Move to electronic payments adds €1.8bn to Ireland’s coffers

29 Mar 201629 Shares

Share on FacebookTweet about this on TwitterShare on LinkedInShare on Google+Pin on PinterestShare on RedditEmail this to someone

No longer a cheque-driven backwater, the contribution of the growth of electronic payments in Ireland to Irish GDP was double the European average

Share on FacebookTweet about this on TwitterShare on LinkedInShare on Google+Pin on PinterestShare on RedditEmail this to someone

Ireland’s move from being a cheque and cash dependent economy to an electronic one has resulted in €1.8bn being added to the nation’s GDP in just the last four years, creating an average of 3,700 jobs each year in the process.

“The cheque is in the post,” were usually the last words Irish business owners heard from a customer before having to go to the bank manager in order to make payroll or before the bailiffs came calling.

Ireland’s dependence on cheques and cash payments were a thorn in the side for most business owners, even if they didn’t realise it themselves, and this made Ireland something of an anomaly compared with more progressive countries, especially Scandinavian ones.

But, in the last few years, something has changed and, according to a new Visa-commissioned study by Moody’s Analytics, the move to electronic payments has added €1.8bn to Ireland’s GDP.

The contribution of the growth of electronic payments in Ireland to Irish GDP was double the European average.

Cheque-ing out

Moody’s economists also estimated that an average of approximately 3,700 jobs were created per annum over the four-year period as a result of the increased card penetration.

The Moody’s Analytics study, which analysed the impact of electronic payments on economic growth across 70 countries between 2012 and 2015, found that increased use of electronic payment products, including credit, debit and prepaid cards, added $296bn to GDP globally. The 70 countries in the study make up almost 95pc of global GDP.

“Electronic payments are a major contributor to consumption, increased production, economic growth and employment creation,” noted Mark Zandi, chief economist, Moody’s Analytics.

“Those countries which saw large increases in card usage also saw larger contributions to overall growth in their economies.”

The study indicates that the electronification of payments benefits governments and contributed to a more stable and open business environment.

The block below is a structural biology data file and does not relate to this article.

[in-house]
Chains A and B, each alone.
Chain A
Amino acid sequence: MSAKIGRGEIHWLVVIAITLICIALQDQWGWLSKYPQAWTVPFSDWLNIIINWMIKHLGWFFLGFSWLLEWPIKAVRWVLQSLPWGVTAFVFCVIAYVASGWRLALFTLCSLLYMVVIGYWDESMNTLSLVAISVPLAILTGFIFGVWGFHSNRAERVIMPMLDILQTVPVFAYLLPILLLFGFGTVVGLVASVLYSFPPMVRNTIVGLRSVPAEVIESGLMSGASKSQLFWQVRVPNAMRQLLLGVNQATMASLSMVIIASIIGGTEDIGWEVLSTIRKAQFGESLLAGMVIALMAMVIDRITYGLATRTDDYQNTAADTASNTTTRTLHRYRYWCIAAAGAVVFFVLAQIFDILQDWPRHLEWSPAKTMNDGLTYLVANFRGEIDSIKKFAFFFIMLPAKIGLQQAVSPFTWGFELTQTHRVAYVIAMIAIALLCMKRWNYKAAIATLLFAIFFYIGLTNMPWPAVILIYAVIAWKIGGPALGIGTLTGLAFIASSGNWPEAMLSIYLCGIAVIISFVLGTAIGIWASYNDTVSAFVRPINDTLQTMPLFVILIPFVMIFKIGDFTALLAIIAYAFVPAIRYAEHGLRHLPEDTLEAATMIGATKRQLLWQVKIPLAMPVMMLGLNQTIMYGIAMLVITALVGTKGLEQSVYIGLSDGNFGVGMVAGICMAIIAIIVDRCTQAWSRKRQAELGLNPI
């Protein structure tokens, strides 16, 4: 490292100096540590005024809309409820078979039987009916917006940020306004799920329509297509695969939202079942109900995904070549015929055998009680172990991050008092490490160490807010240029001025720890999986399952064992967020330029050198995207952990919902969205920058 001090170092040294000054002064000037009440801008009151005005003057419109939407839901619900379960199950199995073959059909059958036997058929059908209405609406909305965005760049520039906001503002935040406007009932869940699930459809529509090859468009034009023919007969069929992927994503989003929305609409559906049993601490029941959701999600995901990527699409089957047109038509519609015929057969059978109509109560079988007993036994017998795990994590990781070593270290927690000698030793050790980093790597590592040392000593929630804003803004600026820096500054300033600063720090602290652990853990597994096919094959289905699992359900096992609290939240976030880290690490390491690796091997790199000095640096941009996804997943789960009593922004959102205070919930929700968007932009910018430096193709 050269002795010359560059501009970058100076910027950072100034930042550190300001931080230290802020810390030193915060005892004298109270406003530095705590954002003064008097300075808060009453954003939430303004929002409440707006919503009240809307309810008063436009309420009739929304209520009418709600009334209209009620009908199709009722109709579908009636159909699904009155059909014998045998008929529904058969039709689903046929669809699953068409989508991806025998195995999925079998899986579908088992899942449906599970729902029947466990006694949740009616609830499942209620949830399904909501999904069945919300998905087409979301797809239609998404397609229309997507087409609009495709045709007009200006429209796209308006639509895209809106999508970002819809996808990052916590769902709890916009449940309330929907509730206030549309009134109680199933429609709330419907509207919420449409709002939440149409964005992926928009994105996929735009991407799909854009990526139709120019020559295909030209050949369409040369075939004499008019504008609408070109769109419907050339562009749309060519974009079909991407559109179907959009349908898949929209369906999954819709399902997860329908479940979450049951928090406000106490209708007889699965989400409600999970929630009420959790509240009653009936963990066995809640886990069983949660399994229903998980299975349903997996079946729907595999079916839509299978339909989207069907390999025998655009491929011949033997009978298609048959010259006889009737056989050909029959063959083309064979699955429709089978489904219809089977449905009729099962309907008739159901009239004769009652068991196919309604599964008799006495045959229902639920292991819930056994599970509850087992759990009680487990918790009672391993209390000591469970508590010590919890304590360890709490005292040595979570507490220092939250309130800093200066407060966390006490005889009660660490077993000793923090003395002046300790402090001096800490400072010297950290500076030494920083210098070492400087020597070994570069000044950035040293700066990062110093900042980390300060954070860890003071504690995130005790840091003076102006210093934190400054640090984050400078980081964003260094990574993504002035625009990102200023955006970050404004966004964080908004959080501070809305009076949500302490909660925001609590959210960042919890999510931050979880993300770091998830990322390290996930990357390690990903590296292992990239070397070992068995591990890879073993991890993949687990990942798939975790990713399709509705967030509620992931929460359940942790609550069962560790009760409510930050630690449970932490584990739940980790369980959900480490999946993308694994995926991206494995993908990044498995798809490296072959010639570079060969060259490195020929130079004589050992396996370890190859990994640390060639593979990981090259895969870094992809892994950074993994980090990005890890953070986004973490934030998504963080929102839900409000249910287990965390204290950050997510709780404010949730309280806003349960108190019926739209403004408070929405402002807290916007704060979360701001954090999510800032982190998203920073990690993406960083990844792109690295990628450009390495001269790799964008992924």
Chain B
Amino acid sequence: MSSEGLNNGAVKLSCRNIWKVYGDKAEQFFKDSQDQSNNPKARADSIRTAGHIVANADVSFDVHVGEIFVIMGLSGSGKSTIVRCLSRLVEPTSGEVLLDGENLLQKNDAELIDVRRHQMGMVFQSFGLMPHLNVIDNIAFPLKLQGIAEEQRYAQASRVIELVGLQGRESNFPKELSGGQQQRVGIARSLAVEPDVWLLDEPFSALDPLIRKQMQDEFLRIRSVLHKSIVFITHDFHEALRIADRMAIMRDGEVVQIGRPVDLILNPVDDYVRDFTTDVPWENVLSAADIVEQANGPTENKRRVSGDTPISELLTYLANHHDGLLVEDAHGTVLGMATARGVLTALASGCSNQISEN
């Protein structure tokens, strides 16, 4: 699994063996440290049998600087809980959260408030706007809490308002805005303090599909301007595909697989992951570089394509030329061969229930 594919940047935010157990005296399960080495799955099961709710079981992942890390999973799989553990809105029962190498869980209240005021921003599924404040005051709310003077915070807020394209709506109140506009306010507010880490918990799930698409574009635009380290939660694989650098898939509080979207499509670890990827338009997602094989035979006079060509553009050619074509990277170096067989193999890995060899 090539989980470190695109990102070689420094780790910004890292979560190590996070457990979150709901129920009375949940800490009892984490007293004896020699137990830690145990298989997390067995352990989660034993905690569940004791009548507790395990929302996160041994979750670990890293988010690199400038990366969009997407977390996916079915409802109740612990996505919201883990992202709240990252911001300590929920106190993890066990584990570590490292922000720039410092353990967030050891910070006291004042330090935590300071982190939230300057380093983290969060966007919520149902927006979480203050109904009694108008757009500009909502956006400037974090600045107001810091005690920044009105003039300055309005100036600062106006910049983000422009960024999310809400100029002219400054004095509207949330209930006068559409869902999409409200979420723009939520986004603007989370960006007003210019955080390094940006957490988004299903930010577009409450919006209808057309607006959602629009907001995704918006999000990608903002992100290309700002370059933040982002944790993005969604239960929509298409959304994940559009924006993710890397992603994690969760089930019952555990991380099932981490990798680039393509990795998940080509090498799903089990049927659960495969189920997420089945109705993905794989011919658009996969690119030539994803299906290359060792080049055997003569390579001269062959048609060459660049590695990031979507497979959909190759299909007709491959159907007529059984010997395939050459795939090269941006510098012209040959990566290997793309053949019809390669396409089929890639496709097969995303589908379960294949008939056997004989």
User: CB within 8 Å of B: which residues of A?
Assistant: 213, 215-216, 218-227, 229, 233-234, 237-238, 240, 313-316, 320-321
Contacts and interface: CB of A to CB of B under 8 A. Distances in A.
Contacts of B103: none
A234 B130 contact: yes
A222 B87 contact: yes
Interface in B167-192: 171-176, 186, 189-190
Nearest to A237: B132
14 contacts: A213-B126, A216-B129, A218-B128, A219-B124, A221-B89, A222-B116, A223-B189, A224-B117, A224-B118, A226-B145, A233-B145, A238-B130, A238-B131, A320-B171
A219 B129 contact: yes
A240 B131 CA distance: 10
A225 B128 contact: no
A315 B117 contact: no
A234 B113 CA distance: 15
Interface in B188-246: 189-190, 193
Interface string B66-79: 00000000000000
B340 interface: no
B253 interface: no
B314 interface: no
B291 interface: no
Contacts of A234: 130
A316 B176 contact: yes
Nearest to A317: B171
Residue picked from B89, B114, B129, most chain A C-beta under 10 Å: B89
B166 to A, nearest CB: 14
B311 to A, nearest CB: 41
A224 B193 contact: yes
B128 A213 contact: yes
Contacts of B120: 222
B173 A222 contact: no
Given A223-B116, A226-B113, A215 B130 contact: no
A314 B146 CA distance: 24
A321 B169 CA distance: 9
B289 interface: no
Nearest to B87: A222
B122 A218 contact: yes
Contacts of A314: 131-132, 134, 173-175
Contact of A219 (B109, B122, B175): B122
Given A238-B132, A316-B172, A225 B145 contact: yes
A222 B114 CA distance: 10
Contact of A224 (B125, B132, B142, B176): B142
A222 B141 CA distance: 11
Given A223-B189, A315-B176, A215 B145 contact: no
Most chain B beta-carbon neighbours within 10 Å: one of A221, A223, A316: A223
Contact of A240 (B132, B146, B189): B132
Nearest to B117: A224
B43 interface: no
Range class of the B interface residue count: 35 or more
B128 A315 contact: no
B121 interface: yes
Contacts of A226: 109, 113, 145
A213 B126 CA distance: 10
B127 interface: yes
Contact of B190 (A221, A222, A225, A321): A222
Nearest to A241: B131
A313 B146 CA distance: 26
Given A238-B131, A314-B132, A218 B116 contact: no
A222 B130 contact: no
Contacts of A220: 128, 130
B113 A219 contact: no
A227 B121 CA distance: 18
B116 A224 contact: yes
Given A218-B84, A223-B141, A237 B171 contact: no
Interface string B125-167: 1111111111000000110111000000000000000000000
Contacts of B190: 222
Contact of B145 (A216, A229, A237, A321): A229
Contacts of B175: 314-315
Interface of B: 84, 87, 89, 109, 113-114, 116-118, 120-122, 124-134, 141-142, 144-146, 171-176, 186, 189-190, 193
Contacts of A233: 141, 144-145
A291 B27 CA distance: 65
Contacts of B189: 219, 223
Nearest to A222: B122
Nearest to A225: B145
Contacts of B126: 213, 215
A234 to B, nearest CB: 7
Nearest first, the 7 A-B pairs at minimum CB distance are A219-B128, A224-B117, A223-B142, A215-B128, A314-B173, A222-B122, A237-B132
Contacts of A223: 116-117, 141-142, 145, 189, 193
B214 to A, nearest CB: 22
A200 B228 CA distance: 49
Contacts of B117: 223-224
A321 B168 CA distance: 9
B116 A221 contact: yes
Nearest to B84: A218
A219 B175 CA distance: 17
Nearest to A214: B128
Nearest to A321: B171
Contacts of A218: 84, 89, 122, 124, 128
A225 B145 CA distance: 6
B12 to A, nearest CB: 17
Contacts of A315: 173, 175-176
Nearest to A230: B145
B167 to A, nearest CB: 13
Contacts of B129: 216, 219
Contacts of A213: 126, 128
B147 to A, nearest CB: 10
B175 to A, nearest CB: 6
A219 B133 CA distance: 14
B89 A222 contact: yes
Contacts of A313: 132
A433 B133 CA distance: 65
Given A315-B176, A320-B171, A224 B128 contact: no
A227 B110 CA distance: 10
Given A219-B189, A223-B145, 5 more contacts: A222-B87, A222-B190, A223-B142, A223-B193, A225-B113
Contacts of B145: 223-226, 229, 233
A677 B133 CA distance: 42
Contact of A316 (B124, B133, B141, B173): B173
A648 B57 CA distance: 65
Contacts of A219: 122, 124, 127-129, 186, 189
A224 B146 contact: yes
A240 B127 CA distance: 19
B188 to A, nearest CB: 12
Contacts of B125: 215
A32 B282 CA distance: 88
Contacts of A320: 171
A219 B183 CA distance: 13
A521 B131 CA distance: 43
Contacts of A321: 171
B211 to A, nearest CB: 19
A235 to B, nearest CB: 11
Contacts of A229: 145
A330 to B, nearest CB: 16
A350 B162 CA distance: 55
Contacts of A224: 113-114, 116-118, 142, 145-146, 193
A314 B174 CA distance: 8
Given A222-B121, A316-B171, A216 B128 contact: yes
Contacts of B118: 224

Annual spending on Visa cards – debit, credit and prepaid – in Ireland reached a new record of €31.7bn last year.

As a result, transactions with a Visa card – debit, credit and prepaid – now account for more than a third of Irish consumer spending.

This is due to the continued shift from cash and cheque usage as consumers opt for the convenience and security of card payments.

New technology such as contactless payments for purchases up to €30 has increased overall card usage, with more than one million contactless transactions now being made in Ireland every week.

“Over the last 50 years, the rapid proliferation of electronic payments has enabled and improved how consumers pay for goods and services, how merchants manage their businesses, and how governments make and collect all sorts of payments,” Philip Konopik, Ireland Country Manager for Visa Europe, said.

“The report findings reinforce the positive benefits that electronic payments have brought to Ireland, as increased consumption has contributed to growth in Irish GDP and also seen firms expand in order to meet increased demand for goods and services.”

“We ultimately want to see this positive trend continue and are working globally with governments, financial institutions, merchants and technology companies to develop innovative payment products and services that will accelerate electronic acceptance, grow commerce, and bring the benefits of card payments to more people everywhere,” Konopik said.

Main image via Shutterstock

Editor John Kennedy is an award-winning technology journalist.

editorial@siliconrepublic.com